Bill Murray Joins Sofia Coppola For Brand New Film

Bill Murray Joins Sofia Coppola For Brand New Film
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According to a report from and The Hollywood Reporter, Bill Murray will work alongside Sofia Coppola yet again for her brand new movie. The star will work with Rashida Jones in the A24 and Apple production, On The Rocks,  Coppola's next anticipated work.

The movie revolves around Murray, a self-made playboy who reconnects with his long-lost daughter after many years while on a vacation in New York City. The production is set to begin in the spring of this year. As film buffs know, this won't be the first time Bill has worked with Coppola.

He also had a role in her critically acclaimed movie, Lost In Translation . Reported by The Wrap, this will be the first movie released by A24 and Apple since the two companies signed a deal in November of last year. The outlet said it wasn't known whether it would open on Apple devices or traditionally in movie theaters.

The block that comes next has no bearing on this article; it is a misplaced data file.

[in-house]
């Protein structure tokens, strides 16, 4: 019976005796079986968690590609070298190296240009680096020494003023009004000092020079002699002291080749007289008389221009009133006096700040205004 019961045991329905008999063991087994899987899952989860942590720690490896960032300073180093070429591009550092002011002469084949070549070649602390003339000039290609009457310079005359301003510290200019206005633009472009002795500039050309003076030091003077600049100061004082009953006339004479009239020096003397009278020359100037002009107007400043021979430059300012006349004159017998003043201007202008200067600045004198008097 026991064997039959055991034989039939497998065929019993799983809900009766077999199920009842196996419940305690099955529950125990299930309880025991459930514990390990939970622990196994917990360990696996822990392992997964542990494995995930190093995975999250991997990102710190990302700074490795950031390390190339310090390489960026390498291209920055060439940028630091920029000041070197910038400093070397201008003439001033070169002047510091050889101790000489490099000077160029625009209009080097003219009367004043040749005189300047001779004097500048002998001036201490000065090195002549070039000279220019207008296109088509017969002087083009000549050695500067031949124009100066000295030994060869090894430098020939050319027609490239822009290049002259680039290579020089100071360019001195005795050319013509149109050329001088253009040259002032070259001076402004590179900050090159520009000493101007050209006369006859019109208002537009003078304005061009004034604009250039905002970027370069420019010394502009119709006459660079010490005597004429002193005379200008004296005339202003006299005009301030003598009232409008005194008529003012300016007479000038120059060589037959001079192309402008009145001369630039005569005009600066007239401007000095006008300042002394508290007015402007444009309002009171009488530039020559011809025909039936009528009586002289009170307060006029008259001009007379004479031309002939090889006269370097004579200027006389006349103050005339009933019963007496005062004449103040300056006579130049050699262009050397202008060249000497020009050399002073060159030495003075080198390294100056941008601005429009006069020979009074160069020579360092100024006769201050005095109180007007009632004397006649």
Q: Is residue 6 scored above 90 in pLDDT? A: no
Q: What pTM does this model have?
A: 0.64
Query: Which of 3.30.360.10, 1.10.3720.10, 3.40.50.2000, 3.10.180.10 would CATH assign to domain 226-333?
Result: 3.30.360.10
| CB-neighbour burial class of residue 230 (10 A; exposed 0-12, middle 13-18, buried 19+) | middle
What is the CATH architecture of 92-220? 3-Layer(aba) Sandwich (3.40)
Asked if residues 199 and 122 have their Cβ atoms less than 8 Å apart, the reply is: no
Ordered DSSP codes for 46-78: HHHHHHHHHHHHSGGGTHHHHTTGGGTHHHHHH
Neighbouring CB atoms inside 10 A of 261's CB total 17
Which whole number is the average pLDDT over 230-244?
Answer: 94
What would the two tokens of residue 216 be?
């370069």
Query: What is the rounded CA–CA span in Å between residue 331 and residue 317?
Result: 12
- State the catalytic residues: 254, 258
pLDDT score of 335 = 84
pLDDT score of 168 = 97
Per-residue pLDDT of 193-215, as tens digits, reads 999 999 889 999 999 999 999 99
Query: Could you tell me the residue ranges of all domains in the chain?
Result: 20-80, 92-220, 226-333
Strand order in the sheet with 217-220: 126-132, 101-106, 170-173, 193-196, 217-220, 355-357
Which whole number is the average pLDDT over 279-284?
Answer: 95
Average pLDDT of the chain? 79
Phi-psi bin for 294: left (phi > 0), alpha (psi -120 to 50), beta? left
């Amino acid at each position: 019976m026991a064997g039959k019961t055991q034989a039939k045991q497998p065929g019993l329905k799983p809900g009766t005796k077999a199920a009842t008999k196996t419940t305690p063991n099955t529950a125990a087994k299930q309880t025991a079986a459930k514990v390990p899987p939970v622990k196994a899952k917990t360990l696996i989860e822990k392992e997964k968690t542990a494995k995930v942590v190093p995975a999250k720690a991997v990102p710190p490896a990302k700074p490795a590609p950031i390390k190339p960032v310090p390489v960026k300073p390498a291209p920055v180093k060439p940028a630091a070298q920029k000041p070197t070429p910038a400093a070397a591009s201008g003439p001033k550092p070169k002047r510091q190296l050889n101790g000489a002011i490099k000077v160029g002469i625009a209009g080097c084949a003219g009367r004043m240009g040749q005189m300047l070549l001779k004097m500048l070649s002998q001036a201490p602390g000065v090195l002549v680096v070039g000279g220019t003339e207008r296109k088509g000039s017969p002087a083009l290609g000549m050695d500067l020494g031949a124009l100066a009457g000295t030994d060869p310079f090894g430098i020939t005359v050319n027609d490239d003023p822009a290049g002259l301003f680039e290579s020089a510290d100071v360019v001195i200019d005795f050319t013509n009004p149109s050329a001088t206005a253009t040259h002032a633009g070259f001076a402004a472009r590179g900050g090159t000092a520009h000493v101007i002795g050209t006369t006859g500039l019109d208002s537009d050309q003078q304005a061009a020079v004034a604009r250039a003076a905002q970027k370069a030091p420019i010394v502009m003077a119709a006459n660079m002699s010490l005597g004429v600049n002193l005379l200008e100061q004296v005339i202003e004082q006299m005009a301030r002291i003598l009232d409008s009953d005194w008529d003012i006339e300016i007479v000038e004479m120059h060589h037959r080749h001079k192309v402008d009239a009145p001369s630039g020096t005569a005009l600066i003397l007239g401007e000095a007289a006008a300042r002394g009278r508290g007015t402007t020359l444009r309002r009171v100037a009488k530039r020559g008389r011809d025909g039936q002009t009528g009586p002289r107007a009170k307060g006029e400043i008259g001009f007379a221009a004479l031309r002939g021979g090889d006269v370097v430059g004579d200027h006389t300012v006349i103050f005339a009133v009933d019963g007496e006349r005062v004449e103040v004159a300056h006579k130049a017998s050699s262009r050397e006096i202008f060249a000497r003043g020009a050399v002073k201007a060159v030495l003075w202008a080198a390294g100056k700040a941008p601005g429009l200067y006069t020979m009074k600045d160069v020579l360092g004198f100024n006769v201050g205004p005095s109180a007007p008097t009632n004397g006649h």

Recently, Coppola finished remaking the 1971 movie, The Beguiled , which premiered in June of 2017. In 2003, Bill Murray and Scarlett Johansson both had starring roles in the film mentioned above, Lost in Translation, which went on to win the Oscar for Best Original Screenplay.

Despite Mr. Murray's age, he has been getting a lot of work lately in both dramatic and comedy roles. He will star in Jim Jarmusch's new movie, The Dead Don't Die , as well as The French Dispatch, from Wes Anderson.

Directed, written, and produced by Sofia Coppola, Lost In Translation earned four Academy Awards when it came out back in 2003. It cost just $4 million to produce, and it earned back over $100,000,000, making it a massively successful film.

It didn't go without its criticism, however. Japanese critics, in particular, loathed the film, stating that the portrayals of Japanese people in the movie were quite horrendous.

One musician/critic from Japan, Kiku Day, said that the movie didn't afford Japanese people even one shred of dignity, and viewers were forced to just laugh at these "tiny yellow people." Putting criticism aside, one can only hope Murray and Coppola's next movie will be as good as the last.

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